One answer is that the beliefs of a composite/average French person don’t actually matter here. The scheme is most popular with the elderly and public sector workers, least popular with the young and business owners. But retirees and government workers aren’t the ones waiting tables or selling tickets. Nor are they the employers of the people who do. In fact, among company managers, sympathy for the protests rises to 60%; higher than private sector workers as a whole. We may also assume that plenty of people are against the Pass Sanitaire while also being against protests, which have a history of being violent and disruptive in France, and it seems safe to assume that support for it will fall further as the system actually starts to bite (the poll pre-dates enforcement). Thus the true levels of support for the pass amongst the managerial classes are certainly much lower than the 40% this poll would imply.

Finally, not for the first time, we must raise eyebrows at polling that paints a totally different picture of what people think than what is observable with our own eyes. Polling firms try hard to ensure their sample is representative, but it’s been known for many years that their samples are not genuinely reflective of the population under test. A large but very predictable problem is that polls massively over-represent volunteers. It seems likely that there’s a correlation between the sort of people who support the Pass Sanitaire and the sort of people who enthusiastically volunteer to spend time on surveys without compensation. In the past I’ve encountered a belief among (ex) professional pollsters that it’s an open secret in the business that any question with a “pro-social” answer will get wildly un-representative answers. However, I’ve never been able to find any kind of rigorous written discussion of this. If you work or have worked in polling and have some insight to offer here, please do get in touch and share it. Enquiring minds would like to learn more!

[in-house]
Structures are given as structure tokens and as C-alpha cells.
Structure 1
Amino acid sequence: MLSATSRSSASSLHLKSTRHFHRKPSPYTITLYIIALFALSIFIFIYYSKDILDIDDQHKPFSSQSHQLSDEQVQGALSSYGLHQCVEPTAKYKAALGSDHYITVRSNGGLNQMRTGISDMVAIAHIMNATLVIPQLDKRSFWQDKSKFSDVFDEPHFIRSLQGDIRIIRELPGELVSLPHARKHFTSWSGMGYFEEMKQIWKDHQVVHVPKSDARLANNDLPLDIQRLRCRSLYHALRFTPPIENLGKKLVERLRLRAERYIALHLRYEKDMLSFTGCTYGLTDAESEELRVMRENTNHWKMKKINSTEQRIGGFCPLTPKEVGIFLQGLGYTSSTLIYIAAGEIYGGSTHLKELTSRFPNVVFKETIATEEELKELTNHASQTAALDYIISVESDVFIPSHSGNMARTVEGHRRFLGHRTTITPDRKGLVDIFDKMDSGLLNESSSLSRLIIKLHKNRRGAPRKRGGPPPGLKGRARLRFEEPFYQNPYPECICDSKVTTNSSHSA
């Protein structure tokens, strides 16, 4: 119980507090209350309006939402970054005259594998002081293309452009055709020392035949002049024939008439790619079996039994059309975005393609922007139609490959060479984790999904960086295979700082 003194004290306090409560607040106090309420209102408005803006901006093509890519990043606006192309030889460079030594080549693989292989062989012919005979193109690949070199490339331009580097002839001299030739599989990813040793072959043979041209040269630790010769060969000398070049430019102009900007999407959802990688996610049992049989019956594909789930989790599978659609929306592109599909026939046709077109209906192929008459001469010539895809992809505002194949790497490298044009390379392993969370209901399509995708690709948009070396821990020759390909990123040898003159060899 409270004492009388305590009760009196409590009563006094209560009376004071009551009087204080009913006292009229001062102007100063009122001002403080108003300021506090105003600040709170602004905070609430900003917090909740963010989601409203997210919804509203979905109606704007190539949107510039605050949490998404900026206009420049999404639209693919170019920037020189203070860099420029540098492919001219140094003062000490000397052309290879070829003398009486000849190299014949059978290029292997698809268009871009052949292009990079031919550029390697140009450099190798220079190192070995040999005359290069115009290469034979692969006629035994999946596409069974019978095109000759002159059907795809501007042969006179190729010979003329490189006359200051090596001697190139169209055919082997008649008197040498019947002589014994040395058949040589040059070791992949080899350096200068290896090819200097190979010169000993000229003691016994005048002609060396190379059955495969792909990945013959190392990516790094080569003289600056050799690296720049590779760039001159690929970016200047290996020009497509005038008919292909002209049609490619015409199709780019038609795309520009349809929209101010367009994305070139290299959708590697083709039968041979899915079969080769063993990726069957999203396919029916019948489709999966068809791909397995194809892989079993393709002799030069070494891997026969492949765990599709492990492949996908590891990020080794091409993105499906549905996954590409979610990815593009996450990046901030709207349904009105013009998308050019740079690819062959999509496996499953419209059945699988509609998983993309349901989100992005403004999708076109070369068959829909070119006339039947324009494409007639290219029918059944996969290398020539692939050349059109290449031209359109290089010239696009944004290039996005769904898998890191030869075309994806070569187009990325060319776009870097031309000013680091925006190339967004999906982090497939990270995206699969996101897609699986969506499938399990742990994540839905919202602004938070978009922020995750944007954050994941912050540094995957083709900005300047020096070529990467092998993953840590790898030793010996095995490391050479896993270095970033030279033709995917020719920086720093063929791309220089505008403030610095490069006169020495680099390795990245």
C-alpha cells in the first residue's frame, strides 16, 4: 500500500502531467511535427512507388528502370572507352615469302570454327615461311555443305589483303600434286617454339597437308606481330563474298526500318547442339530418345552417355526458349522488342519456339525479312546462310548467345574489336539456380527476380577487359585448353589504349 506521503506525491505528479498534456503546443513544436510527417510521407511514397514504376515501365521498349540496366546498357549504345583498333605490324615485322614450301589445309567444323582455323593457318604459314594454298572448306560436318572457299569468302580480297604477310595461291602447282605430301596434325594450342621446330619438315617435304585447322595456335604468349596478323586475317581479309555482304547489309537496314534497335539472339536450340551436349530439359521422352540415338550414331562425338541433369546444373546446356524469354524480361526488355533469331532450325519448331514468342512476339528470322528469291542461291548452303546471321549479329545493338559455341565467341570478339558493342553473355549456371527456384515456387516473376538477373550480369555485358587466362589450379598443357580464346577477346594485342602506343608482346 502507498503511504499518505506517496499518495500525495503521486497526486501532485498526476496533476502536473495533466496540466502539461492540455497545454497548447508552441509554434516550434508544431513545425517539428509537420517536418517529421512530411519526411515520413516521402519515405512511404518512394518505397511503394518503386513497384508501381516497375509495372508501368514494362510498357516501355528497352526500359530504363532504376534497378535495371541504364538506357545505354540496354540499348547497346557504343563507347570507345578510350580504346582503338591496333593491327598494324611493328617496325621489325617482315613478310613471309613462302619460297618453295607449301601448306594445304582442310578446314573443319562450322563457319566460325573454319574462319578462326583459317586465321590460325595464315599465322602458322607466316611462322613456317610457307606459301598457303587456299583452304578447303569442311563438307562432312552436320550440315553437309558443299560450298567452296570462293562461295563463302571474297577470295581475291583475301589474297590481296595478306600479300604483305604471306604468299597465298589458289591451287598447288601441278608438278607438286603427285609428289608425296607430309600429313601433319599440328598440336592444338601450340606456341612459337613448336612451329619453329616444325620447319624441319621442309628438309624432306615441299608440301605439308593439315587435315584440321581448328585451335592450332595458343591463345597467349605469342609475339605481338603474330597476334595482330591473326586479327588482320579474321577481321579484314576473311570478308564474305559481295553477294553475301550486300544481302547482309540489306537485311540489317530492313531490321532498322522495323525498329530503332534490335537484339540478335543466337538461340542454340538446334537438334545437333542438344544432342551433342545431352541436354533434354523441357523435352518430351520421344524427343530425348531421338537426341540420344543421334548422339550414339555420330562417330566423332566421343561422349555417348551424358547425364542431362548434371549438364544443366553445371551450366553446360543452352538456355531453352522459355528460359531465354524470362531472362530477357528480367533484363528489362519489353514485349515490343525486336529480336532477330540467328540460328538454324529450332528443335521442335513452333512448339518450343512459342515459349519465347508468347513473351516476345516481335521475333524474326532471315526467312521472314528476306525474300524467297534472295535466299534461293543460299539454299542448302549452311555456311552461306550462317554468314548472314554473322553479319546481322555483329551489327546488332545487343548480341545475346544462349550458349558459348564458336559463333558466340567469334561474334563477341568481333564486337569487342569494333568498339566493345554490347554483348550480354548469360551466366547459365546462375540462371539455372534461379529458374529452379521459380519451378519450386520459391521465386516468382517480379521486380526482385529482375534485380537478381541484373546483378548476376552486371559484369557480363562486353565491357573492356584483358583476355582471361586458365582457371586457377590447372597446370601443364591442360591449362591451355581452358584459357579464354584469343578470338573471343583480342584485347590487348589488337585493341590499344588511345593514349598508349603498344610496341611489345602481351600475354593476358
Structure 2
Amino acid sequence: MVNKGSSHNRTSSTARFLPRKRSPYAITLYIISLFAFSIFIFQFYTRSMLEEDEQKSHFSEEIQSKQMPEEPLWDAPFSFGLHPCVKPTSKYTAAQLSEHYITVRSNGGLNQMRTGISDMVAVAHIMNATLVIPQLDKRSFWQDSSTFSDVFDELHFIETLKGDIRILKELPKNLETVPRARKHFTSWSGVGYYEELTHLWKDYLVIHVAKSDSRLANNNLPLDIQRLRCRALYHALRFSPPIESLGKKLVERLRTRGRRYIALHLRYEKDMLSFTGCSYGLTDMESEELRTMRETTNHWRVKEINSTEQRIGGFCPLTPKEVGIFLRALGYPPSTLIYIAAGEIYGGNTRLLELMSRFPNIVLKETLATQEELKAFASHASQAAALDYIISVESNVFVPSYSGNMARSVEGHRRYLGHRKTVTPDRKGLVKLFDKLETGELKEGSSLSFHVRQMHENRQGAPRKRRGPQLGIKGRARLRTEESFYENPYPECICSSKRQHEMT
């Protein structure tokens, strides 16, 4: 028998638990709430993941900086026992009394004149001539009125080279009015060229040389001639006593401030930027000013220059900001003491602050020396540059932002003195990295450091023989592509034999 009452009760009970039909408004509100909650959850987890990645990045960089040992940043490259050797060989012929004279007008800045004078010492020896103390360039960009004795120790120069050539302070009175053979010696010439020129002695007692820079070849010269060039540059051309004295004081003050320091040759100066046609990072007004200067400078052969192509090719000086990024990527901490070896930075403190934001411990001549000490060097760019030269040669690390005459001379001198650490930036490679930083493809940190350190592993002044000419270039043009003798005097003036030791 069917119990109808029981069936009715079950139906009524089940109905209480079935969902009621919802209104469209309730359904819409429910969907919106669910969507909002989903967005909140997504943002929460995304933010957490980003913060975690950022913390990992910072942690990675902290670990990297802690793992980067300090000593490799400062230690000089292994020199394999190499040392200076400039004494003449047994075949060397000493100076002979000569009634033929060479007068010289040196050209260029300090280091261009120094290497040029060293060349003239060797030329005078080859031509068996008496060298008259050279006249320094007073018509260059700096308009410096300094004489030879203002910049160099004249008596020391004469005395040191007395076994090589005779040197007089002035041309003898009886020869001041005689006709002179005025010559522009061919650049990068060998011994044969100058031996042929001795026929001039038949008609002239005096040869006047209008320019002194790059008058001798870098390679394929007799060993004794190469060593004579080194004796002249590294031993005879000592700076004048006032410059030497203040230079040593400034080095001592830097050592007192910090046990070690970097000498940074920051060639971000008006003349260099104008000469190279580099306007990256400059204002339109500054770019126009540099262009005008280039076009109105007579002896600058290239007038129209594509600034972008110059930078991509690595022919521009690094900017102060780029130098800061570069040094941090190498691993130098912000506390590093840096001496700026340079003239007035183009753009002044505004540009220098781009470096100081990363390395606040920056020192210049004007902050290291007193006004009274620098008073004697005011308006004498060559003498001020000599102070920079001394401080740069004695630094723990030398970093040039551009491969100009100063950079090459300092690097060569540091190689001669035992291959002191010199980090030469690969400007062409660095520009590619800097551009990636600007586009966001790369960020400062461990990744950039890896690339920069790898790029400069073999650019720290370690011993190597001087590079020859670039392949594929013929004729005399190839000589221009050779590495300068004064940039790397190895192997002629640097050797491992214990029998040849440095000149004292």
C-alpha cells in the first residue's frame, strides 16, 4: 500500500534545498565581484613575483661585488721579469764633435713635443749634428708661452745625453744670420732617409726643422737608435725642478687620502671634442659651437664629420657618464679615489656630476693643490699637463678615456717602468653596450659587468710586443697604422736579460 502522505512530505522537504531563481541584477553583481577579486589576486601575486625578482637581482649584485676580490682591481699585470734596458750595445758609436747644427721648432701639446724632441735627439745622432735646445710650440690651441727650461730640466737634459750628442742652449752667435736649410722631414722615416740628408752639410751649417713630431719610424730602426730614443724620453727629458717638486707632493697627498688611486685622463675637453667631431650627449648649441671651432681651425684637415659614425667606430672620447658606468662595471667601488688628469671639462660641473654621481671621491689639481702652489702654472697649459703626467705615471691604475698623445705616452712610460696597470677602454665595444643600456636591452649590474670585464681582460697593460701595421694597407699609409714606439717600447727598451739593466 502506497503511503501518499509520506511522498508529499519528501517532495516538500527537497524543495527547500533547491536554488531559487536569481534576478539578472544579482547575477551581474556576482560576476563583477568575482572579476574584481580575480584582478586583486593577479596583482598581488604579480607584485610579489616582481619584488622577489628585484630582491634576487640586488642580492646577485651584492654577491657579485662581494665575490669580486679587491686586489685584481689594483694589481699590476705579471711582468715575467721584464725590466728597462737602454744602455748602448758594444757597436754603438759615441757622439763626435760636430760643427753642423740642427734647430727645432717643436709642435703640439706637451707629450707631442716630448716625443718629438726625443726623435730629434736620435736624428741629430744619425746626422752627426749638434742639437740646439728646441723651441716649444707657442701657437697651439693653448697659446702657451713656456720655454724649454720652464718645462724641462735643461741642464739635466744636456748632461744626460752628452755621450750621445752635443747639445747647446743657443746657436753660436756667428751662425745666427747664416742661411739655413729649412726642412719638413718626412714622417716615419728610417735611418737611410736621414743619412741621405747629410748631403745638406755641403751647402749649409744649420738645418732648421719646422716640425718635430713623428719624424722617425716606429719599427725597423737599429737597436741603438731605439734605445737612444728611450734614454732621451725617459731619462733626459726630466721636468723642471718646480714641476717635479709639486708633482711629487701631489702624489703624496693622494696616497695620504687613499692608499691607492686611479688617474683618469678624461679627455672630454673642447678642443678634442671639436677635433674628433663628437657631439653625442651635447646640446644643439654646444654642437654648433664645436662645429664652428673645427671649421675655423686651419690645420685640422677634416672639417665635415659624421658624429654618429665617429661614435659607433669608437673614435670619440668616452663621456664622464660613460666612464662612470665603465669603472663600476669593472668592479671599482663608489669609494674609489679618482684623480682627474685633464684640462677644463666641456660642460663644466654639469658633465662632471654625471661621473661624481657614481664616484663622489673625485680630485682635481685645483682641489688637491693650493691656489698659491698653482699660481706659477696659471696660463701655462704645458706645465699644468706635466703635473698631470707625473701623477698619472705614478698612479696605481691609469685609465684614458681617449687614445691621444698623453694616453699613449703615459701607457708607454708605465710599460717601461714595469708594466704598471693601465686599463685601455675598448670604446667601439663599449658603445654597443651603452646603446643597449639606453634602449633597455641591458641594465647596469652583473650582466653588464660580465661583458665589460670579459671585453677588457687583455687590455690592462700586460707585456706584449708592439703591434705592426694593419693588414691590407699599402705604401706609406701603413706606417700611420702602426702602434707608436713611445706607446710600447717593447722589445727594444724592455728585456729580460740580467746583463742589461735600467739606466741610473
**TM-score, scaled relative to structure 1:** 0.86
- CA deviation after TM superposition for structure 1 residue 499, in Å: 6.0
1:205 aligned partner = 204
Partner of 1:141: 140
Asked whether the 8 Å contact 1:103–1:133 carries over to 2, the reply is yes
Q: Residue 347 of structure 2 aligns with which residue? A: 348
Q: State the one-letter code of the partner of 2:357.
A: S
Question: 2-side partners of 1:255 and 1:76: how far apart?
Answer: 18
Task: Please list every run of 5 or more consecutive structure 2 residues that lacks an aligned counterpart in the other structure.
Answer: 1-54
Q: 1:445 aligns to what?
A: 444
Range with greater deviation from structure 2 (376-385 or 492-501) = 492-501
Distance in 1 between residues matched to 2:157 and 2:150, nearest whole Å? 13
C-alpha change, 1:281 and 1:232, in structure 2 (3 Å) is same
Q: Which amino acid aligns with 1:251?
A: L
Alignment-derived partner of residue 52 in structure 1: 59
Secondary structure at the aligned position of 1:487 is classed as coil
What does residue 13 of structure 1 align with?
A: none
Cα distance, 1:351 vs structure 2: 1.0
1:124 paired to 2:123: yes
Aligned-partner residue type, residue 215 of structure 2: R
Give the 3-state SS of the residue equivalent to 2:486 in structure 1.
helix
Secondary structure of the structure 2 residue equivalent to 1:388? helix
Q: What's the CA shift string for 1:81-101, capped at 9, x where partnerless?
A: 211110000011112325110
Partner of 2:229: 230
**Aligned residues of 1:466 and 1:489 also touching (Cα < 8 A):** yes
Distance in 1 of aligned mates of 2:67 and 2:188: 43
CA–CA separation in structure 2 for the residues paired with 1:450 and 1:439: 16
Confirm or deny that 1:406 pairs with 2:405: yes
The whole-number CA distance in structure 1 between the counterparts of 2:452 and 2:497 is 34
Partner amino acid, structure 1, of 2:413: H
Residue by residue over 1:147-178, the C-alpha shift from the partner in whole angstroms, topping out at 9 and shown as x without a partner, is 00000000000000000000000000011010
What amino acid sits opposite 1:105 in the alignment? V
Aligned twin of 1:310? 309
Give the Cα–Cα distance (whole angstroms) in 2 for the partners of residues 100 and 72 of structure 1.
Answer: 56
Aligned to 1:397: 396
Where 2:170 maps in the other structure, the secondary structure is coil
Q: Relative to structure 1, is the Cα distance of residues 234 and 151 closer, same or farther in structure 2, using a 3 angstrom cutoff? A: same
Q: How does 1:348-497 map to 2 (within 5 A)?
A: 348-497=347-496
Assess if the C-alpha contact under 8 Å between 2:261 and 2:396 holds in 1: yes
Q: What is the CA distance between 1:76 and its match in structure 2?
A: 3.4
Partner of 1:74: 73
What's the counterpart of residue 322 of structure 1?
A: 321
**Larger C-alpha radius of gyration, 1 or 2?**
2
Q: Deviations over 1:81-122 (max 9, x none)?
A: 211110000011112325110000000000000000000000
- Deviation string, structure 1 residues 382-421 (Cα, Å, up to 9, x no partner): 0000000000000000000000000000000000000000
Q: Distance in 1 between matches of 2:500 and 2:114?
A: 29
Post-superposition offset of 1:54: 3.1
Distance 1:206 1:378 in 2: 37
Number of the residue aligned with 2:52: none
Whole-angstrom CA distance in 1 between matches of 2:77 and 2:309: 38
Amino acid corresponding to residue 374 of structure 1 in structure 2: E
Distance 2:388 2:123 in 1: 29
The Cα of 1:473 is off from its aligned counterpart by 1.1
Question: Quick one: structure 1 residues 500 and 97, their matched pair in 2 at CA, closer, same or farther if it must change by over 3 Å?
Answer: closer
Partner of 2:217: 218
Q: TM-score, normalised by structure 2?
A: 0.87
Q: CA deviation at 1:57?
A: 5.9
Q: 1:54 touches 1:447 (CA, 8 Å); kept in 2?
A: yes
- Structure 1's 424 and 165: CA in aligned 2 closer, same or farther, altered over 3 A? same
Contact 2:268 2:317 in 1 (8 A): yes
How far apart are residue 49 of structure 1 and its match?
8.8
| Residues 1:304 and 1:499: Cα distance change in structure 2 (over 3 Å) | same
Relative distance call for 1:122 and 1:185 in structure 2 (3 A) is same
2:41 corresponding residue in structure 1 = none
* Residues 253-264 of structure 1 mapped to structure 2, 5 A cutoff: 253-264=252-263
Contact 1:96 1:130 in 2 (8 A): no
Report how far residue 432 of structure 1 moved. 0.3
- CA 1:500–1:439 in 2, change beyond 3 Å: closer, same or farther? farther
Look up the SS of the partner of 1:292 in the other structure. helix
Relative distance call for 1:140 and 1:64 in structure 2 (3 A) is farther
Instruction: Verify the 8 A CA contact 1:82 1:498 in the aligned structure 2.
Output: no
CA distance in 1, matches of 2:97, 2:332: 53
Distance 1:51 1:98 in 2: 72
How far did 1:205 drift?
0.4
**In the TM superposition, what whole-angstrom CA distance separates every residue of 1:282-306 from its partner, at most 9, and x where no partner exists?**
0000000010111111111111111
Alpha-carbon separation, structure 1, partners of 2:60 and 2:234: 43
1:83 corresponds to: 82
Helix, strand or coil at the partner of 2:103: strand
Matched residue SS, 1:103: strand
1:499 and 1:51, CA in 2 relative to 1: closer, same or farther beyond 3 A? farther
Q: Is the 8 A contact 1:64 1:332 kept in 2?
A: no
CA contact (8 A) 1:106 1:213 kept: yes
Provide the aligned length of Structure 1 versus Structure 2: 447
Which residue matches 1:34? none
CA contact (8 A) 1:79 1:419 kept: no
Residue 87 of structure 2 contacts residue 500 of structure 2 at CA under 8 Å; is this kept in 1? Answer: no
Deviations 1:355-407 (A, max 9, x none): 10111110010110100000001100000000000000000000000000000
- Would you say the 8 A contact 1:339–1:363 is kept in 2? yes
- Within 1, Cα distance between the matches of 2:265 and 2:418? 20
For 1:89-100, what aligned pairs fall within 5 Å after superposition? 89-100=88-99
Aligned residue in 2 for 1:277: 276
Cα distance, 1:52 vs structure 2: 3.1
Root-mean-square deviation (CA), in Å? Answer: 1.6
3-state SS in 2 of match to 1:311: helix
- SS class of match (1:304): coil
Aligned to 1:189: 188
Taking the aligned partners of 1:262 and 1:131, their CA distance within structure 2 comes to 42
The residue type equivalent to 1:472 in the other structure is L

Converting ordinary businesses into an unpaid police force cannot work without high levels of support amongst the young and entrepreneurial. The Pass Sanitaire doesn’t have that. Implementation difficulties leading to arbitrary and random arrests will only further erode support for the scheme.